You have become completely one with it, you have no doubt about it, it is the experience, this is the real, liberating experience, the enlightenment experience. This is the transcendent wisdom that is beyond, not just intellectual, this is the transcendent wisdom that goes beyond all the concepts. It is not just a concept, it goes beyond the concepts, so therefore it is a transcendental wisdom. It is not just saying this is right, this is not. It is not like that, ... it is a direct understanding. Direct means it is experiential, so therefore there is no concept. The concept is always wrong, in a way, so therefore it is not right just for that. You are making up something, you are kind of giving a designation, giving a name that it is not there, but this is something like an example often used: Looking from the top of a very high mountain everything is completely clear, there is nothing not seen. There is transcendent wisdom.




The mantra of transcendent wisdom, the mantra of great insight, the unsurpassable mantra, a mantra that equals the unequalled, the mantra that perfectly dissipates all suffering, should be known as the truth, since there is no falsehood.

The mantra of the perfection of transcendent wisdom is that way. So this is the mantra, this understanding is the mantra actually. This transcendent wisdom is the mantra, the mantra of the great insight, because it is the complete, the truth, it is the insight, it is seeing the truth, seeing ultimate truth directly.


This is an unsurpassed mantra, because there is nothing beyond that. It is the complete mantra, so therefore there is nothing beyond or above it. The mantra that equals the unequalled, because it’s completely unique form, it is completely understanding. So therefore it is not that now I have to get this, after this. It is not like that. It is not completely equal, because there is no unequility, there is no (noise) saying everything. The mantra that perfectly dissipates all suffering. Because the suffering comes from this misunderstanding, and the misunderstanding is formed into habit and pattern, therefore suffering comes, as we discussed before.


So therefore this gets to the root of the cause of the suffering, and works on the very bottom, the very root of the suffering, which is the misunderstanding, which is the ignorance. It is therefore that it completely dissipates the self. I mean, should we know less truth, since there is no fault? Even the word truth. There is nothing called truth against untruth. There is nothing untrue, but true. It is not like a judgement - this is untrue, this is true - it is not like that, but because there is nothing also ..., there is no non-truth, so therefore you can call it the truth, the matter of the perfection of the transcendent wisdom, the whole thing is this.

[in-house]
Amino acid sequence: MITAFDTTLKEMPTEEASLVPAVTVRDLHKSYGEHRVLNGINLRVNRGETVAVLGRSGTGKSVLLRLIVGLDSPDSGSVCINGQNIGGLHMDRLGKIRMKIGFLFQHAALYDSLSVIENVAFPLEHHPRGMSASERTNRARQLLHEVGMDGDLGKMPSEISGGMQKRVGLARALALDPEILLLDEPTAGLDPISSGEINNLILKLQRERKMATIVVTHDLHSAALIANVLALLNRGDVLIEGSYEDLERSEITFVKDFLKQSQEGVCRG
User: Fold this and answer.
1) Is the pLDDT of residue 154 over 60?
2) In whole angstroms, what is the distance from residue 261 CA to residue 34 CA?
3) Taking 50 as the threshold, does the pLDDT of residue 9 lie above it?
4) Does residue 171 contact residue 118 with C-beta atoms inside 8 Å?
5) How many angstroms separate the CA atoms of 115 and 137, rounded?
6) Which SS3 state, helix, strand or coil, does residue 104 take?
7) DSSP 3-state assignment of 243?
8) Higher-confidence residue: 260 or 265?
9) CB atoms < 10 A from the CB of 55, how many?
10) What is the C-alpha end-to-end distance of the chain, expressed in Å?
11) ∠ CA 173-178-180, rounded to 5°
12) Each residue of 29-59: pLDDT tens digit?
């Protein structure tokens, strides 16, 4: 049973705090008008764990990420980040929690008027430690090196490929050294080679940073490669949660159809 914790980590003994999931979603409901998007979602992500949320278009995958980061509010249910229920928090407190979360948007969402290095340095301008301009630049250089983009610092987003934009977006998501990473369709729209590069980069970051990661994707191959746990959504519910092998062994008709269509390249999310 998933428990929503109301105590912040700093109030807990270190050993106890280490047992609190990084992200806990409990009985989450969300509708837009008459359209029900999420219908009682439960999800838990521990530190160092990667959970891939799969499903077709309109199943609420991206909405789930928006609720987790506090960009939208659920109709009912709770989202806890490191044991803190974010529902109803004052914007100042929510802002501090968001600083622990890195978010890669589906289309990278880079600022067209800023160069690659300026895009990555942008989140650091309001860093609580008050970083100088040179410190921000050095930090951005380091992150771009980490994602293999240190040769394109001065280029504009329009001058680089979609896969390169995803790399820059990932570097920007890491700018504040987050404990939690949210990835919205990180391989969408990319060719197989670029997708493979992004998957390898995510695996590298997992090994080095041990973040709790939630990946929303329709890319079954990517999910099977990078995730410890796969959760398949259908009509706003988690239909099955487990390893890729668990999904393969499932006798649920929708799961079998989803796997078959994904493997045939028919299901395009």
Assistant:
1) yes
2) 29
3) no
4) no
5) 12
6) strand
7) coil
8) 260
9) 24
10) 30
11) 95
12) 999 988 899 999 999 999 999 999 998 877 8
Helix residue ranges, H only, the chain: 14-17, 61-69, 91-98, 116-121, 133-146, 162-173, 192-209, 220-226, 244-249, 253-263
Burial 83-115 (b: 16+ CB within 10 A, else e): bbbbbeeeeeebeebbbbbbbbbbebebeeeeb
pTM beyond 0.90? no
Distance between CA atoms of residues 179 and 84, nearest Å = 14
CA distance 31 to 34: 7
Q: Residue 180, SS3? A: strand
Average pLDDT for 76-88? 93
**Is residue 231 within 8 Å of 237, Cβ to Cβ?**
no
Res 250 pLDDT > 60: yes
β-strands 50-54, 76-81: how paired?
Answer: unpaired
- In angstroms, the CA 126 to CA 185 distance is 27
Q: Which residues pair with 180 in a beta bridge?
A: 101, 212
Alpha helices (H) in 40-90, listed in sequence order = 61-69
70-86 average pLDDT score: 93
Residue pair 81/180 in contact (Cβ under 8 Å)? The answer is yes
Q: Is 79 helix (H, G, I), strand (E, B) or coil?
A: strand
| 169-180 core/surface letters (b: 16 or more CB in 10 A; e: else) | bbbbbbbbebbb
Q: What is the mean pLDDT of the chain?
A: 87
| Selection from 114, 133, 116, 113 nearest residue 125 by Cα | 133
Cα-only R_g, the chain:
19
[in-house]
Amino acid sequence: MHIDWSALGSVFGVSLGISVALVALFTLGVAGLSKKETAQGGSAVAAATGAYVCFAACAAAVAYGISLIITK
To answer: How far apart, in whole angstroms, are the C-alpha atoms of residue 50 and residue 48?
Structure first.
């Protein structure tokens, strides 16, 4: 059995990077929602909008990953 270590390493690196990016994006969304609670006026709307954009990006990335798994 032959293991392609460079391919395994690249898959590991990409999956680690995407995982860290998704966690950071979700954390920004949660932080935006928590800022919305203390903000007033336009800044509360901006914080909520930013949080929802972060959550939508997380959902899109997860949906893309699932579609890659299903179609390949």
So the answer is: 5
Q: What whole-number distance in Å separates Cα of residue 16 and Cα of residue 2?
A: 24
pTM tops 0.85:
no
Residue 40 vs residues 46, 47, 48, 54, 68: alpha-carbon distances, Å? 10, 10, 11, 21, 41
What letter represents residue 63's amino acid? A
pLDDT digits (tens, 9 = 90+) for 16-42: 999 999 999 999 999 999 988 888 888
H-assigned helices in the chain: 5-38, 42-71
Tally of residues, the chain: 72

But just to give it in a short form, the mantra:


teyata om gate gate paragate parasamgate bodhi svaha


This is the shortest kind of [the] mantra of transcendental wisdom. And the meaning of this is: Tadyata om - thus it is, or something like that. Om is the first word, first sound, the auditive of all the sounds, so therefore it is there, gate means going, you know, gone. Paragata means the beyond, gone beyond. Parasamgate, means to go beyond very much means the understood, enlightened origin and thereby having no deceptions, having no fear, so this understanding,


I will not be going through all the words of this mantra. But that is how the mantra of the Prajnaparamita is very shortly defined by the Avalokitesvara, answering to Sariputra..



So then, so that is all.


Thus Sariputra, it is in this manner, that the bodhisattva-mahasattva should train in the profound perfection of transcendental wisdom.


That is what the Avalokitesvara says, ‘this is how, Sariputra, we have to train’, and that is the end.


But then, the interesting thing happened. The blessed One arose from that samadhi, and approved the words of the noble Avalokitesvara the Buddha got out of his samadhi. He was in meditation till then, and then he came out. Obviously he was not really good in meditation, he was listening to what was said. He was, you know, in this meditation, but actually listening to what was said.


[Does this mean he was not good in meditation?] Maybe our concept of meditation is that we have to be completely calm and quiet, and we should not hear anything, we should not "perceive anything". That is not the Buddha’s meditation. Buddha’s meditation is complete understanding, as we have already said, so just being is meditation. There is nothing that you have to meditate and you have to get out of to meditate.
So therefore, when you talk about Buddha going into this profound elimination, meditation or something like that, it is not really that he is getting into it. Is he sitting there without any distinction. It is not like that. So therefore, when he gets out of this, then he talks to them.


Good, good, O son of noble family. Thus it is, thus it really is.


I mean, that is how it is, whatever the Avalokitesvara said, that is right. So he confirms and encourages.


One should practise the profound perfection of transcendent wisdom just as you have expounded it. Tatagathas themselves rejoiced.


The Tatagathas means the Buddhas. Buddha used to call himself the Tathagata. Tathagata means gone as before, so Tathagata means those who have gone the way previous enlightened beings have gone. And this indicates that the Buddha was not the first enlightened being. He was the last enlightened being, so therefore he said Tathagata, ‘gone as they were gone’, who had threaded the path that the previous Buddhas threaded - the previous Buddhas had come, so therefore Tathagata.